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Reporters and writers can't seem to write profile articles without finding something derogatory to say--I guess they think it's 'balance.' I am at a loss to understand the "shoot-from-the-lip" comment [in the profile of Tom Usher, "Steel in Control," March 1996].

I have known Tom Usher for many years. I can't believe that anyone who knows him well would agree that that is one of his characteristics.

Other than that, I thought it was a rather splendid piece.

There is one minor mistake in the article. Tom Usher is not a direct descendant of J. P. Morgan. He is a direct descendant of Charles Schwab. It was Schwab's idea to create U. S. Steel, and he went to J. P. Morgan for financing. The first chairman of U.S. Steel was Judge Gary. But he was not the chief executive; Charles Schwab was. Schwab did not get along with Judge Gary or J. P. Morgan so he resigned from his position at U. S. Steel and took control of a fledgling steel operation called Bethlehem Steel. The rest is history, as they say.

John E. Sheehan
Annapolis, Maryland


["Follow the Sun," March 1996] contained some misinformation about the future of nuclear power. James Cobb stated that the halt in construction of US nuclear power plants was due to "...Nagasaki, Hiroshima, Three Mile Island, Chernobyl...."

All present US commercial nuclear power plants were ordered and built after Nagasaki and Hiroshima, so the reference to those events is asinine concerning the halt in construction.

The events at Three Mile Island and Chernobyl did create more difficulties for nuclear power becoming an energy choice for the future, but orders and construction for new plants continue throughout the world, particularly the Far East.

The chief reason for the halt in construction of US plants is the federal government's inability to meet commitments regarding the receipt and storage of high-level nuclear waste. The general public needs to be aware that this obstacle will limit America's future productivity until it is resolved. Misinformation will only delay that resolution.

Stephen M. Hurst
Business '90
Braidwood Nuclear Station
Joliet, Illinois

Professor James Cobb responds: I fear that Mr. Hurst, as an engineering specialist personally quite familiar and comfortable with nuclear technology, gives insufficient consideration to the depth of emotional impact of televised images of mushroom clouds and radiation-induced illness on the general public and those who must decide how to store high-level waste from Mr. Hurst's nuclear plant.


Two evenings ago, I picked up Pitt Magazine and was reading some of the articles. I stopped at one in particular and when I turned the page, I received a very pleasant surprise! I found a picture of me that was taken in my senior year (Homecoming, "Members of Student Government, 1953"). The two men in the photo are Dan Berger, a member of Student Congress with me, and Charles Elliott, our faculty advisor.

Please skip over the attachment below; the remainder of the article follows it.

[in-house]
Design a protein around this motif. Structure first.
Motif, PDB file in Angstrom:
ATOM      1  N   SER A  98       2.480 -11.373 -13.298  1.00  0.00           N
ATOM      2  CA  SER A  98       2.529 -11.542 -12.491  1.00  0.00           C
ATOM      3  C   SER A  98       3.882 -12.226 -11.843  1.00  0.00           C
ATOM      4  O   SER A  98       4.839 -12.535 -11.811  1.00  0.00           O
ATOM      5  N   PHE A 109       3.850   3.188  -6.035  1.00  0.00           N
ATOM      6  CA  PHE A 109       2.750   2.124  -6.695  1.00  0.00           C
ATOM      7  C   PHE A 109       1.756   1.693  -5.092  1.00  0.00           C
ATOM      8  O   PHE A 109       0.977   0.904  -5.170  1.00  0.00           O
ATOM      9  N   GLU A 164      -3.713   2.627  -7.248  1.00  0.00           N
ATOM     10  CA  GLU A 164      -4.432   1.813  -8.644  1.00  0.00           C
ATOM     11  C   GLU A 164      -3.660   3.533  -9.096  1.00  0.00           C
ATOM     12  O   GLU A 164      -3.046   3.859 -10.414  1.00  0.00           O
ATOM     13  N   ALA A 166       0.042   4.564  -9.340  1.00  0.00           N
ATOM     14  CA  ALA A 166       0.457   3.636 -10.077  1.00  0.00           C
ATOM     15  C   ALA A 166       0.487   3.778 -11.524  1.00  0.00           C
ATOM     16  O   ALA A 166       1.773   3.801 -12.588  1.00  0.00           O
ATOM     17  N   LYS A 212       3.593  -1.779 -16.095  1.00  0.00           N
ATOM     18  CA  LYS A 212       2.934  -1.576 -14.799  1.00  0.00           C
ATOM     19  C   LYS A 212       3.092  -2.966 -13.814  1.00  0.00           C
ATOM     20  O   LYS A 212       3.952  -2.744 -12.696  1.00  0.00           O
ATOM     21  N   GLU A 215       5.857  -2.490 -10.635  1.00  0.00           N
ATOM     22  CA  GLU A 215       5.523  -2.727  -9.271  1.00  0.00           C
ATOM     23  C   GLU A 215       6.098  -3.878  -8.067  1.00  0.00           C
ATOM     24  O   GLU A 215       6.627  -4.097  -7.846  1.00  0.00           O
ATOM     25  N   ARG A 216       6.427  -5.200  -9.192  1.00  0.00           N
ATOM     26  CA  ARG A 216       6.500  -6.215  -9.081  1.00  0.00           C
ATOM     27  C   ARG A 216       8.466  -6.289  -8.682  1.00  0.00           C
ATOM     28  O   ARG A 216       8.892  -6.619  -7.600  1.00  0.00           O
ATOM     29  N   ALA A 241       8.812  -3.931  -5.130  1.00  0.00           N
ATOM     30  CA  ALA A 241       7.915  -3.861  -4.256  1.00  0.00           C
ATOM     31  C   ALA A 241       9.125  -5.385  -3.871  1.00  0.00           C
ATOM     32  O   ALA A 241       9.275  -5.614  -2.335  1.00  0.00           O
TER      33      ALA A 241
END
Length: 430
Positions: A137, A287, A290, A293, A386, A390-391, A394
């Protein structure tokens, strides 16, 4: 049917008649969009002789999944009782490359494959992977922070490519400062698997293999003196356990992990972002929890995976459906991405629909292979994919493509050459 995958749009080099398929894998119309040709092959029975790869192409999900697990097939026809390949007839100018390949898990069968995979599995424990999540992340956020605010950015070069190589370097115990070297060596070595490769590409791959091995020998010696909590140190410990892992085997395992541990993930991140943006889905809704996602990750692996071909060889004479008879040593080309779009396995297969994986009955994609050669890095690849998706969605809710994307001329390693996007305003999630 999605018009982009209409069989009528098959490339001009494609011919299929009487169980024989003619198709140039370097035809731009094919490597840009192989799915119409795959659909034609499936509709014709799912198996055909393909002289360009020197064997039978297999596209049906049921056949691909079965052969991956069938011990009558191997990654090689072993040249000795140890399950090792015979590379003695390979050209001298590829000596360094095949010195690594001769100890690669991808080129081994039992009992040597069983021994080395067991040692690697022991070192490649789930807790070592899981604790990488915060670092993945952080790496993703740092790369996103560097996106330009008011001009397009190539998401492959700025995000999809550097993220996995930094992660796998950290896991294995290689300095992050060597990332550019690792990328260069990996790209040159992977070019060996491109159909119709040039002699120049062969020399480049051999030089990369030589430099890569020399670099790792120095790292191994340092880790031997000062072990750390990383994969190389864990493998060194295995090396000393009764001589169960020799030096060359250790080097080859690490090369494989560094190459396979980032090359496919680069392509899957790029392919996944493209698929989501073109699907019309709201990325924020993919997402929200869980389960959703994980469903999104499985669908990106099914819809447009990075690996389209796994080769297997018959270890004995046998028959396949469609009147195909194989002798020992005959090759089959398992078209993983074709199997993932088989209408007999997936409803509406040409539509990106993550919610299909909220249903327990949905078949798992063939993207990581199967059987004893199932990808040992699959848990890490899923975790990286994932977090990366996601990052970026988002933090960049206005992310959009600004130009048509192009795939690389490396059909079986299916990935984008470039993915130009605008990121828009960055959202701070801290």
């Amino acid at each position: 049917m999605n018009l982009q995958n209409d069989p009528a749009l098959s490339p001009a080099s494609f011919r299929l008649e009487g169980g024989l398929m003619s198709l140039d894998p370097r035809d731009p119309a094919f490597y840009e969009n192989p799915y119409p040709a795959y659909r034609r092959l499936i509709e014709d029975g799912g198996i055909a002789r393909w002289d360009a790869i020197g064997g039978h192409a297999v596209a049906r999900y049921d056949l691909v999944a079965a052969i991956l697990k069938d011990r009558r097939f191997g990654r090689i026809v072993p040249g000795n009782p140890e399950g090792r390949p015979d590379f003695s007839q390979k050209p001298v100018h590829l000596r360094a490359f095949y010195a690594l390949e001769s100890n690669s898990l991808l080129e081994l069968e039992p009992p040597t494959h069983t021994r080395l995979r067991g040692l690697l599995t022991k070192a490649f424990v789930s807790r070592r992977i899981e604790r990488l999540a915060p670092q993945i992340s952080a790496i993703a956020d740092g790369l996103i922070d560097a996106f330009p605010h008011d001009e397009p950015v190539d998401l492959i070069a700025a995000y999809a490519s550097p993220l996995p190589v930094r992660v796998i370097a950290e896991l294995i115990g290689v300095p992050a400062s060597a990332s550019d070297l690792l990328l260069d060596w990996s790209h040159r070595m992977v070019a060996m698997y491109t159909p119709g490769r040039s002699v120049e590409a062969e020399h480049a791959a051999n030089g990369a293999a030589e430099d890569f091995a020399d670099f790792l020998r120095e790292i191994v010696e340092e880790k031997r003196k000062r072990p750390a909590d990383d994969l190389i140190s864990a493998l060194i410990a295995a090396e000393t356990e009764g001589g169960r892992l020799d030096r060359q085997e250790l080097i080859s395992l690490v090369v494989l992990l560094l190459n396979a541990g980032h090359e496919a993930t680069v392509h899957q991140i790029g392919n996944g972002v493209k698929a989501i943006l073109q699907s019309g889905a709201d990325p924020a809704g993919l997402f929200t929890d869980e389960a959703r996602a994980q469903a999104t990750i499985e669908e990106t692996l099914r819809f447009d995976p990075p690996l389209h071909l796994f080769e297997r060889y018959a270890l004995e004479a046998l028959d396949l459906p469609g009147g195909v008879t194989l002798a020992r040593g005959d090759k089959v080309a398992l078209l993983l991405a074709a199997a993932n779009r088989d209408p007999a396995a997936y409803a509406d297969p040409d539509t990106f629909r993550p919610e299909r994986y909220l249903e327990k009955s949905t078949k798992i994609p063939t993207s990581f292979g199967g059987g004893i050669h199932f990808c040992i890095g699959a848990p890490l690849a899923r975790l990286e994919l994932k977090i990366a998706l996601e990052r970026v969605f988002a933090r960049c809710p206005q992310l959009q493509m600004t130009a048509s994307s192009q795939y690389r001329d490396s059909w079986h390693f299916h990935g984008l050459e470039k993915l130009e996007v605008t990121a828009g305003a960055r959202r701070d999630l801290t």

It brought back a flood of warm memories that I have for Pitt. I loved my years there. Dan went on to become an attorney. I don't know where Mr. Elliott is. In the '70s I went back to get a master's from Duquesne, then in the '80s I went back to my alma mater for an MPA. The school has dramatically changed, but I've never lost my fondness for it. So much so, that in the last eight years I have been very active as a member of the Alumnae Council. It was easy to talk me into becoming a member of the board by telling me that we sponsor Lantern Night. What a thrill it was for a young freshman from a small town to become a member of the large University community.

I don't know how that photograph was chosen from a possibility of 42 years of photos--but, from the bottom of a rather sentimental heart--thanks for the memory.

Gerrie Titchworth
Arts and Sciences '53
Public and International
Affairs '86
Pittsburgh, Pennsylvania


When Herb McCracken died earlier this year at age 96, Pitt lost one of her most visionary, resourceful, and most fanatically devoted sons.

After graduating Pitt with a major in advertising, and serving in the Korean Conflict, I went to work for a New York ad agency as a copywriter. One weekend I saw an ad in the Sunday Times placed by Scholastic Magazine, of which Herb was then chairman, for a "Special Projects Manager." Scholastic up till then had not accepted advertising, but now it wanted to.

Herb was utterly scrupulous as a businessman, a moralist of the first order, a pillar of rectitude. He...had a rather long list of...lucrative ad categories whose business he turned down. In the C's alone, there were candy, chewing gum, cosmetics, carbonated beverages (read Coke). I knew ad executives who would put Christ back on the cross to get at accounts in those categories. But Herb was never a snob, much less was he money driven, and he never forgot his customers were school children and their teachers.

So we heave a sigh of sadness and drop a tear as we bid Herb McCracken a fond and affectionate farewell. He was a real gentleman in and out of business, and madly fond of Pitt. It'll be a while before we see his like again.

Stan Wynett
Business '52
Flushing, New York

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